Minnie Marx did not have an entertainment industry career, but she had intense ambition for her sons to go on the stage like their uncle. While pushing her eldest son Leonard (Chico Marx) in piano lessons, she found that Julius had a pleasant soprano voice and the ability to remain on key. Even though Julius's early career goal was to become a doctor, the family's need for income forced Julius out of school at the age of twelve. By that time, Julius had become a voracious reader, particularly fond of Horatio Alger. Throughout the rest of his life, Marx would overcome his lack of formal education by becoming very well-read.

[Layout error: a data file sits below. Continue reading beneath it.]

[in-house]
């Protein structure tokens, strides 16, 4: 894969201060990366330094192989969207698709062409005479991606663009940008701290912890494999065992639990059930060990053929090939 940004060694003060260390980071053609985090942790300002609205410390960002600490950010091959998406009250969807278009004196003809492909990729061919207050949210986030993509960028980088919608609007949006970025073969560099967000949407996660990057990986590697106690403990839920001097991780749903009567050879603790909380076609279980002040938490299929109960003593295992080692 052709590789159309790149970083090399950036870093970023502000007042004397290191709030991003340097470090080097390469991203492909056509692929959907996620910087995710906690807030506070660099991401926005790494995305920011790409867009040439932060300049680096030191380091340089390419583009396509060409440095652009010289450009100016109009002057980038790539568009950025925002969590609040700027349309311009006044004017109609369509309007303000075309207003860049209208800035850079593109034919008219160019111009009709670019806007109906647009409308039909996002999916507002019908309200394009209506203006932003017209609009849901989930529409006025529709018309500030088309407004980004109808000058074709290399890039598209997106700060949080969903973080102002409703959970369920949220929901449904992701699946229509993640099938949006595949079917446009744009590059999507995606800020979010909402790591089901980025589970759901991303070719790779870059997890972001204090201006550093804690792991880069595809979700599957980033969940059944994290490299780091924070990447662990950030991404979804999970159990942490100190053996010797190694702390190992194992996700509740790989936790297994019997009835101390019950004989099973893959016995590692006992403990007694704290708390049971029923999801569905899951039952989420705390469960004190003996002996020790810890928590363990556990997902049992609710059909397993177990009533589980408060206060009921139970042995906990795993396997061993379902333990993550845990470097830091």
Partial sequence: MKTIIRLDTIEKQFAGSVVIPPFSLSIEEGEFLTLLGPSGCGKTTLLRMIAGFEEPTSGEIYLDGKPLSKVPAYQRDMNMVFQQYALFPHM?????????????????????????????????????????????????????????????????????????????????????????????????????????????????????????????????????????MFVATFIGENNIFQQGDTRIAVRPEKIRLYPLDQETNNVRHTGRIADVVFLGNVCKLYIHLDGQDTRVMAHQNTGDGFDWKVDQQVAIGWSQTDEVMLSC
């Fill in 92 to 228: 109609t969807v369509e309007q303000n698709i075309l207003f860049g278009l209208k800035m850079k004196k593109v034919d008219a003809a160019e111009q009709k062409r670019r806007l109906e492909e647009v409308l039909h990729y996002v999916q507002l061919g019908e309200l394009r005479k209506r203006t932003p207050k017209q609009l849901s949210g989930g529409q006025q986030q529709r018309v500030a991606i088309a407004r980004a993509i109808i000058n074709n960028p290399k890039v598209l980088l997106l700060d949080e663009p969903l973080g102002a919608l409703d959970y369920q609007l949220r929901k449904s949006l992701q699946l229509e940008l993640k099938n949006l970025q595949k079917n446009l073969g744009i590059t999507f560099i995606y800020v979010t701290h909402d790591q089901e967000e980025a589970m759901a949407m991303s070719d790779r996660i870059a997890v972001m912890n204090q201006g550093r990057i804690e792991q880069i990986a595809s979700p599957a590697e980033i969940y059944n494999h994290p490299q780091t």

After a few comically unsuccessful stabs at entry-level office work and other jobs suitable for adolescents, Julius took to the stage as a boy singer in 1905. Though he reputedly claimed that in the world of vaudeville, he enjoyed only "modest success" but was "hopelessly average," it was merely a wisecrack. By 1909, Minnie Marx successfully managed to assemble her sons into a low-quality vaudeville singing group. They were billing themselves as 'The Four Nightingales', Julius, Milton (Gummo Marx), Adolph (Harpo Marx) (later changed to Arthur), and another boy singer, Lou Levy, traveled the U.S. vaudeville circuits to little fanfare. After exhausting their prospects in the East, the family moved to La Grange, Illinois to play the Midwest. Following a particularly dispiriting performance in Nacogdoches, Texas, Julius, Milton, and Arthur began cracking jokes onstage for their own amusement. Much to their surprise, the audience liked them better as comedians than singers. They modified the then-popular Gus Edwards comedy skit "School Days" and renamed it "Fun In Hi Skule". The Marx Brothers would perform variations on this routine for the next seven years.